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Hawaii Volcanoes National Park Reopens After Eruptions And Seismic Activity

Hawaii’s Volcanoes National Park has reopened after months of unprecedented eruptions and seismic activity that damaged infrastructure.

If you had any plans to visit Hawaii this year, then you probably had them altered when Mount Kīlauea decided to erupt earlier this May. The eruptions and subsequent earthquakes caused massive disruptions on the big island of Hawaii, with lava flows destroying over 700 homes and burying much of the residential Puna District under molten rock.

Hawaii Volcanoes National Park closed on May 11th as a result of the eruption. As a result of the 1,000 earthquakes and 62 massive collapse explosions, the park suffered extensive damage with the southeast corner of the park being touched the hardest. Broken water and sewage lines, cracked roads, and building damage are a common sights throughout the park, and available parking was reduced by a full third. But that wasn’t the only thing that the eruptions changed.

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The lava lake found inside Halemaʻumaʻu Crater as well as the lava flows from Puʻu ʻŌʻō are now gone due to the eruptions. "There is no molten lava or lava glow to see anywhere in or out of the park," the park's website warns visitors.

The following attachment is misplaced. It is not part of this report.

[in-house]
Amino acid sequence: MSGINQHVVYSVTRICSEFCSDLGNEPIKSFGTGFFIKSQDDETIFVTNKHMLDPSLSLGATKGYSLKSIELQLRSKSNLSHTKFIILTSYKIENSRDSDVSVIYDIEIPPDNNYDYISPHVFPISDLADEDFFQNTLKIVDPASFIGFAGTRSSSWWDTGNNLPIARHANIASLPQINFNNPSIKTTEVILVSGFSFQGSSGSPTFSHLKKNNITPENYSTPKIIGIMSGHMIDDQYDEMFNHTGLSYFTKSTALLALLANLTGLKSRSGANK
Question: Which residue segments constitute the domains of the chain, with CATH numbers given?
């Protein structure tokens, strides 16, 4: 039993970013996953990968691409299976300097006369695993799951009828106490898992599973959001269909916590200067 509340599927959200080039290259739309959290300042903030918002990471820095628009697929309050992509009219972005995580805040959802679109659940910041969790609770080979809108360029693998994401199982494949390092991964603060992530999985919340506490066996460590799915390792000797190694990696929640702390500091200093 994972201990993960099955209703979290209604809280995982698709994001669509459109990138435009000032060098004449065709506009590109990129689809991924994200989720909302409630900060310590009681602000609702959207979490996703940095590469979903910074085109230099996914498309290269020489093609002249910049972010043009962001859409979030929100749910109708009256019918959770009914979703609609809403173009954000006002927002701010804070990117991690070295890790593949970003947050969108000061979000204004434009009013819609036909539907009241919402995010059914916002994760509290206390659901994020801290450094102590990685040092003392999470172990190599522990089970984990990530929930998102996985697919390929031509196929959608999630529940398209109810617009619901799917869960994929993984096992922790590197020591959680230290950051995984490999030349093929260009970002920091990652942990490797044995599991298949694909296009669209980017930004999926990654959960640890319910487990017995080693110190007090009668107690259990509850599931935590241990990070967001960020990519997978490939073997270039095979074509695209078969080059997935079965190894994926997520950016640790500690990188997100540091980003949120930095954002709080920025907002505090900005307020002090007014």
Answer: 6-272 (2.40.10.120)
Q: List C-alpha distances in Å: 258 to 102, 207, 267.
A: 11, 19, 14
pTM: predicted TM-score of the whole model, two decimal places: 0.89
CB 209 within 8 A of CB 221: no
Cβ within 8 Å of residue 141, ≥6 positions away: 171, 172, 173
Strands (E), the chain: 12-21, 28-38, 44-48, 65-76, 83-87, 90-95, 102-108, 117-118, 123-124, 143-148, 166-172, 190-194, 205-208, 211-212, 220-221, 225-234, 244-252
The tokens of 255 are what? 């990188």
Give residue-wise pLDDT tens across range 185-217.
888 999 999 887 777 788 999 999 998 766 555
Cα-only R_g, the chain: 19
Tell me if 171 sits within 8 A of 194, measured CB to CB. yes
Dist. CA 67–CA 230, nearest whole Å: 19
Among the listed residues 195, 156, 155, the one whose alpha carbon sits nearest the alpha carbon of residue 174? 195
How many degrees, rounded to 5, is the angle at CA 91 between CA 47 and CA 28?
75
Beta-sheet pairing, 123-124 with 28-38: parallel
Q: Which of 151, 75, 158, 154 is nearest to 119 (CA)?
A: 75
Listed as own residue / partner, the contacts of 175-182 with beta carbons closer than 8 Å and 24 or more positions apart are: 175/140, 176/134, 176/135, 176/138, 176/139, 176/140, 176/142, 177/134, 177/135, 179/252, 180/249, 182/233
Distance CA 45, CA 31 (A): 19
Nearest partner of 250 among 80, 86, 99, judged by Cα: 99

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But it’s not all doom and gloom at Volcanoes National Park. Thanks to the diligent effort of its staff, the park reopened on September 22nd, just in time for National Public Lands day which features free entry for visitors.

Although not all of the park has been reopened, various trails and iconic landmarks are now once again available to the public. Those locations include Kīlauea Visitor Center, Hawai‘i Pacific Parks Association store at Kīlauea Visitor Center, Crater Rim Trail between Volcano House and Kilauea Military Camp, Sulphur Banks Trail, Crater Rim Drive to Steam Vents, Kīlauea Iki Overlook and parking lot, Devastation Trail and Pu‘u Pua‘i, Crater Rim Drive to Keanakāko‘i Crater (for pedestrians and cyclists only), Mauna Loa Road to Kīpukapuaulu (with paths past Kīpukapuaulu only open to pedestrians and cyclists), Sections of Escape Road from Highway 11, and Chain of Craters Road.

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“It was a picture-perfect day and our hearts are filled with joy to see our visitors and community return to their park,” said Park Superintendent Cindy Orlando. “We thank everyone for their patience, support, and understanding during the last 134 days.”

The park will now resume it’s usual 24-hour operations while staff continue to repair the damage and re-open other sections of the park.

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